When the musical Bullets over Broadway hit the Great White Way, I asked myself: could people separate the show from the author — the art from the artist, so to speak. From a distance, looking at the reception of the Bullets over Broadway musical (it closed after 156 performance), I concluded they couldn’t. I figured audiences were not ready for Woody Allen, given his personal life problems, on Broadway. The artist would forever be tainted by the man. I’ll note that in 2016, we’re seeing a similar thing for Bill Cosby: the man’s personal life problems doesn’t make the standup and the sitcoms any less funny, but they impinge on our ability to accept the artist without forever seeing the flawed man behind it.
This question went through my head today when I saw the national tour (FB) of Bullets over Broadway at the Pantages (FB). It came to mind when one of the characters: the playwright David Shayne asks the star, Helen Sinclair (with whom he is having a backstage affair) whether she loves the artist or the man. One wonders if Allen had that question in mind with this show, and whether his effort to put it on Broadway was a way of asking audiences that ultimate question.
I can’t answer that. What I can answer is why the show closed after 156 performances. After seeing Bullets over Broadway, my conclusion is that this was a 1920s show on at 2016 stage. I don’t mean that it was a show about the 1920s. Well, it was, but that isn’t my point. Broadway, in the 1920s, was filled with fluff. Brainless shows with silly plots, with songs that represented the pop tunes of the days, filled with leggy dancers, turn turn kick turn, turn turn kick turn, one two three kick turn (whoops, wrong show, same choreographer). Things didn’t start to change until 1927 and Showboat, and they really changed in 1943 with Oklahoma! (which, by the way, premiered at the same theatre as Bullets). Those shows began to interconnect the story with the music; making the music advance the story and the plot.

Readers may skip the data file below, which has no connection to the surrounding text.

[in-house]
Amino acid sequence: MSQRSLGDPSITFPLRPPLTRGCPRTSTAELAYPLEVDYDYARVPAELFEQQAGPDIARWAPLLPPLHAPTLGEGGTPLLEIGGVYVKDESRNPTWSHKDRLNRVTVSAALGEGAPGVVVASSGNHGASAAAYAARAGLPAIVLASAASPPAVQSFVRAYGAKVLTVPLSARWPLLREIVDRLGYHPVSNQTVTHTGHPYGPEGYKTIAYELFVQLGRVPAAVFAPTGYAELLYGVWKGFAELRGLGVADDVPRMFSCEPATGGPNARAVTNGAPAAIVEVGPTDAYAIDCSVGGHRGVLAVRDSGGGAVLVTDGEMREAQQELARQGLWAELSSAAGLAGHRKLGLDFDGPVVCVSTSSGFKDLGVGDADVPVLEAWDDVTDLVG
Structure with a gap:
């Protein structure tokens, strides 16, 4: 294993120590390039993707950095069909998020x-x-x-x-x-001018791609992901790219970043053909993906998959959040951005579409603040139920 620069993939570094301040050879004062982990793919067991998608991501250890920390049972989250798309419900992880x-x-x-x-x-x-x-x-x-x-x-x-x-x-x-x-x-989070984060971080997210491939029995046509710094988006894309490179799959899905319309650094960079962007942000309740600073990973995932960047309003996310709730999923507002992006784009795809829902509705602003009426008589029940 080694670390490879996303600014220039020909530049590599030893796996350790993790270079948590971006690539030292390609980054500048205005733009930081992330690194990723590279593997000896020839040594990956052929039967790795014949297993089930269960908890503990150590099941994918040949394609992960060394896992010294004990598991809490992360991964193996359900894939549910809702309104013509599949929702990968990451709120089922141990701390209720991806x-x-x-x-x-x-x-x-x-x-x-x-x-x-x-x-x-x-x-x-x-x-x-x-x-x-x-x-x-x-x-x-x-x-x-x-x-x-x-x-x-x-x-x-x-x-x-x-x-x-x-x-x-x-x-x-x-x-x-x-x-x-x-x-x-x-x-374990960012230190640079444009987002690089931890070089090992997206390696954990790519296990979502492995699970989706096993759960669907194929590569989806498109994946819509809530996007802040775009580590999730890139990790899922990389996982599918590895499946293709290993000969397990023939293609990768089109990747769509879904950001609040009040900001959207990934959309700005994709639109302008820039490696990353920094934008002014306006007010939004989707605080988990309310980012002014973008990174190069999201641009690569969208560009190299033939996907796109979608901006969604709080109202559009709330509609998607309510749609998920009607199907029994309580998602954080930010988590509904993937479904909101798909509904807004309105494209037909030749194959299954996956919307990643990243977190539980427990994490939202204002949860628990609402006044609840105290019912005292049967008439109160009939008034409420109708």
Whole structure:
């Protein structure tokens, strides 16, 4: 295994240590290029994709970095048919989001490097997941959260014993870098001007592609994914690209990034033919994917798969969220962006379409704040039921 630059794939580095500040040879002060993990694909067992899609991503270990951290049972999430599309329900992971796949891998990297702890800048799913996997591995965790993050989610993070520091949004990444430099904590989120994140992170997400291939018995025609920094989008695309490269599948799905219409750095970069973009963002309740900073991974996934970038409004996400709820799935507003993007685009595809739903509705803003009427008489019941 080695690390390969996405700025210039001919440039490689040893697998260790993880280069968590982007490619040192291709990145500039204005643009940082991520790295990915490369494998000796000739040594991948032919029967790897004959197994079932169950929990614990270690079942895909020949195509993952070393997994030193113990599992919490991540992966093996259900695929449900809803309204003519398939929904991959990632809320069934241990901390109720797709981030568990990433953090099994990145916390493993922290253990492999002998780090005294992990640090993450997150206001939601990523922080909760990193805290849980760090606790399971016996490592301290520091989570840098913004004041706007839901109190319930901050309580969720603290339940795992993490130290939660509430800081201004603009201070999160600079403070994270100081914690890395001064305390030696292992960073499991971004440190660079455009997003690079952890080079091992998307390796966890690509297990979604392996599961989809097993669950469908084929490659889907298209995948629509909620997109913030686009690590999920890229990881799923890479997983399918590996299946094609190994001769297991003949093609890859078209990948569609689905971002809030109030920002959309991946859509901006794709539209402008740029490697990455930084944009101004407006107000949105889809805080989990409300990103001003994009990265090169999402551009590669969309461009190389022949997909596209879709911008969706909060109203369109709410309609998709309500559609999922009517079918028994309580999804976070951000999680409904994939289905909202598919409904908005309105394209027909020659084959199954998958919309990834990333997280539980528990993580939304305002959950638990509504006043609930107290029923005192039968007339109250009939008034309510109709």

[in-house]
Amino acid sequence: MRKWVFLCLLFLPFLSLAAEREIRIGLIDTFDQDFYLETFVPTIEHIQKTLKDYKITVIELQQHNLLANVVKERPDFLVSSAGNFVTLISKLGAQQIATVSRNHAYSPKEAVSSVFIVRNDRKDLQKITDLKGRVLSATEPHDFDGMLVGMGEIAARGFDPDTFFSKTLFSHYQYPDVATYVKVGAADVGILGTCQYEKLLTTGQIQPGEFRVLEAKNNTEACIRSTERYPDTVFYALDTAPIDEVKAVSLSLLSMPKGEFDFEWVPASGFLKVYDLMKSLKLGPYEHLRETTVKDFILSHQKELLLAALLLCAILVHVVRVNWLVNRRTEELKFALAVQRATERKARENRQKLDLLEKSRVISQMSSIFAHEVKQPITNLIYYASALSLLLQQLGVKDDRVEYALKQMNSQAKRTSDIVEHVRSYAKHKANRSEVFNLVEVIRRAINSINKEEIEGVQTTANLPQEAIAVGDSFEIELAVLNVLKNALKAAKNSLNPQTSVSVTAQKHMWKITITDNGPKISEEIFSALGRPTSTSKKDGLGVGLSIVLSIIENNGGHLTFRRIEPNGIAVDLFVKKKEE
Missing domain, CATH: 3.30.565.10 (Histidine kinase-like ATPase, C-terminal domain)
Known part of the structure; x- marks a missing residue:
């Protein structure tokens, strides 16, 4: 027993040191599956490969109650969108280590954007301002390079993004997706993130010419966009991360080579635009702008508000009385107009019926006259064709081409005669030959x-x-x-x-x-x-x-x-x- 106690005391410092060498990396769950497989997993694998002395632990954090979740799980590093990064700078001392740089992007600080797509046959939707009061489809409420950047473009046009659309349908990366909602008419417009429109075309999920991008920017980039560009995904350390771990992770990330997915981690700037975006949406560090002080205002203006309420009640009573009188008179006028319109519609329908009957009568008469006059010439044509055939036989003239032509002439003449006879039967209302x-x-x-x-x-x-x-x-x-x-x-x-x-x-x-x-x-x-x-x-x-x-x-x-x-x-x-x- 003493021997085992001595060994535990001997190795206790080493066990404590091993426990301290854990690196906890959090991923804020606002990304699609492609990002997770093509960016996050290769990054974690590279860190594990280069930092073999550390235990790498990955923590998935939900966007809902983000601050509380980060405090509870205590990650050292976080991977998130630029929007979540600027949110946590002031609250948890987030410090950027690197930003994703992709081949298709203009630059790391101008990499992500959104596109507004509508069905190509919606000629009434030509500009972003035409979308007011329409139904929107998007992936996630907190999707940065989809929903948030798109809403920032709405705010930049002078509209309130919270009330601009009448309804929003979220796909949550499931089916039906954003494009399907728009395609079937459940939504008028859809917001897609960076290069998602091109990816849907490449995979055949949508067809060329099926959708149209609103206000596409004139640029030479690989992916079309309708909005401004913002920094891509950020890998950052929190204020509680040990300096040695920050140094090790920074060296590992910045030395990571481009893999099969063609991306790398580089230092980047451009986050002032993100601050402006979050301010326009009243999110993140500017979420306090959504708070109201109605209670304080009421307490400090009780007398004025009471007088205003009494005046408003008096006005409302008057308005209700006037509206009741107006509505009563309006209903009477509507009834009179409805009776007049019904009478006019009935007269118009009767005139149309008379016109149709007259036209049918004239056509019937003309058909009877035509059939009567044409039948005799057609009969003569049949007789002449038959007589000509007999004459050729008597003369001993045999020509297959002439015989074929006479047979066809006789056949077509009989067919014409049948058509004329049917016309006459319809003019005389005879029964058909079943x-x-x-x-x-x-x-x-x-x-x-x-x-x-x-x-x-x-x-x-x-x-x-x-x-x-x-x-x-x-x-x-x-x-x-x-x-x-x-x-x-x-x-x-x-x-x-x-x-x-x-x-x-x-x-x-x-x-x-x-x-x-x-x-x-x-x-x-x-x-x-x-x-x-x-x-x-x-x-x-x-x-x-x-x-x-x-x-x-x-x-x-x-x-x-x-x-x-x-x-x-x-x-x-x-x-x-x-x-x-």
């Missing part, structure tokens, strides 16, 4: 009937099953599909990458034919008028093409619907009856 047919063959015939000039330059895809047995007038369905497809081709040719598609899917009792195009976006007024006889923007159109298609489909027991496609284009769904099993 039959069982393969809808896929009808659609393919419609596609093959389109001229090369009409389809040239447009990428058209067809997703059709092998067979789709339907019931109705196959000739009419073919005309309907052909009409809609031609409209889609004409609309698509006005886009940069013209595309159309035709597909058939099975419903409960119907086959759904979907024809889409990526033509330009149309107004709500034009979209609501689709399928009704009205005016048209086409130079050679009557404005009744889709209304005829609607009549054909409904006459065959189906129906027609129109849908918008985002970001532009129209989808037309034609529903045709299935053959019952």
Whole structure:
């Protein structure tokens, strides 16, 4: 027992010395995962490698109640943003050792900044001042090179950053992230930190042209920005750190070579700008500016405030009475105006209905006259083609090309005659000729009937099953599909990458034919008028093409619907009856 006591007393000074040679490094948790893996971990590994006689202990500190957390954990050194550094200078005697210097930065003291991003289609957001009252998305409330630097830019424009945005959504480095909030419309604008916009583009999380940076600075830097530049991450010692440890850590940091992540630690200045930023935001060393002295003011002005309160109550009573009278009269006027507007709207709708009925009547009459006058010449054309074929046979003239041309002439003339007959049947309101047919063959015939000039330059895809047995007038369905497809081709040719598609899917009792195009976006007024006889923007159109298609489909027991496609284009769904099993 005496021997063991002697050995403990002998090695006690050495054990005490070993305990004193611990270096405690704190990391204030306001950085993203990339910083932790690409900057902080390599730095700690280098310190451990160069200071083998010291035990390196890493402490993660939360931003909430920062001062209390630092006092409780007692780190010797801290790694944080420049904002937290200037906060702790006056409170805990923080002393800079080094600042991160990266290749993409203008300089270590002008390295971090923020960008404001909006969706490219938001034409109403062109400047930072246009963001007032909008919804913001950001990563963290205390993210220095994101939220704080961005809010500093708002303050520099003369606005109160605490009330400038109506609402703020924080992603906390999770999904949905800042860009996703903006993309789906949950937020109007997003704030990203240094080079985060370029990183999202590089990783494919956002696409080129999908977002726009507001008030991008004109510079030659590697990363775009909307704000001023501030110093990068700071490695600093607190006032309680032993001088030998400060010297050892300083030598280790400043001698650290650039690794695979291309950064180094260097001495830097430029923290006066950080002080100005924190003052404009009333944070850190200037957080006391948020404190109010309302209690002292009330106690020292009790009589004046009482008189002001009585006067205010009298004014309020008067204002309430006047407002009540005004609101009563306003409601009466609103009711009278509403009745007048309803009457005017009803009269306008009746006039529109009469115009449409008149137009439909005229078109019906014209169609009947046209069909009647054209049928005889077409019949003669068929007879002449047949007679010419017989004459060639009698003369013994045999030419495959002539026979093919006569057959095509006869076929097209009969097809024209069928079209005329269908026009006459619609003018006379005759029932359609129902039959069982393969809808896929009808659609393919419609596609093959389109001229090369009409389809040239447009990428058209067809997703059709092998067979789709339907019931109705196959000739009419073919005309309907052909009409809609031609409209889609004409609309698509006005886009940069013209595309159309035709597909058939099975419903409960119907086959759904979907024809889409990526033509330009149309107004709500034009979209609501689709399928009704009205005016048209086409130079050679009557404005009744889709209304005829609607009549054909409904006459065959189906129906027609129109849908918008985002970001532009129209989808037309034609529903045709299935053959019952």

Bullets over Broadway, on the other hand, is at its heart a jukebox musical with singing and dancing gangsters and chorus girls. The story is silly and has no depth (but this is common for Woody Allen, who can be hit or miss with his movies). It is not the fact that it is singing and dancing gangsters — Guys and Dolls proved that you can do that right if you have the right story and the right musicalization. At its heart, that’s what the flaw in Bullets over Broadway. If you look at the movie, it got pretty good reviews. Someone saw it, and thought: we could bring this to Broadway. So far, so good. Then they thought: Let’s make it a jukebox musical, and interpolate tunes from the 1920s and 1930s into the show. This, in my opinion, is what doomed this show to tours, stock, and amateur productions. There are numerous points in the show that cry out for musicalization of the inner thoughts of the characters — how does David feel about his writing, how does Ellen feel about David, how does Chico feel about the conflict between writing and the mob, how does Olive feel. These could even have been done as original tunes in the style of 1920s and 1930s. A few original tunes from the era could have been tossed in for color. But they didn’t do that. They took existing tunes, attempted to modify them somewhat for the characters, sliced and diced and put it on-stage.
To whom do we place the blame for this? Look at the credits. This was written by Woody Allen, based on the screenplay by Woody Allen and Douglas McGrath. Allen does not have experience with musicals (some of his early stories were presented on stage, such as Play It Again, Sam). McGrath does (he was involved with Beautiful), but only with jukebox musicals. This needed someone with strong musical adaption skills to adapt it. Instead, the decision to go jukebox was made by Allen, and he turned to Glen Kelly to adapt the songs and do additional lyrics. Kelly has mostly done arrangements and dance music. The adapted songs were great, but they didn’t move the show to where it needed to be.
Then, to add to the problems, they brought in the aforementioned turn turn kick turn, turn turn kick turn, one two three kick turn. In other words: Susan Stroman. Stroman knows dance well, and she loaded this production with lots and lots of great dancing by leggy girls and mobsters. If you look at her resume, she’s an expert at directing broad, overplayed comedy (e.g., The Producers, Young Frankenstein). That’s what she did here. But whereas the music in the Mel Brooks shows balanced out the overplay in the characters, the jukebox nature here served only to amplify the camp. Thus, the actors did the best with the direction they were given, but they were saddled with the weak musicalization and the wrong direction. Stroman’s direction was recreated on tour by Jeff Whiting (FB).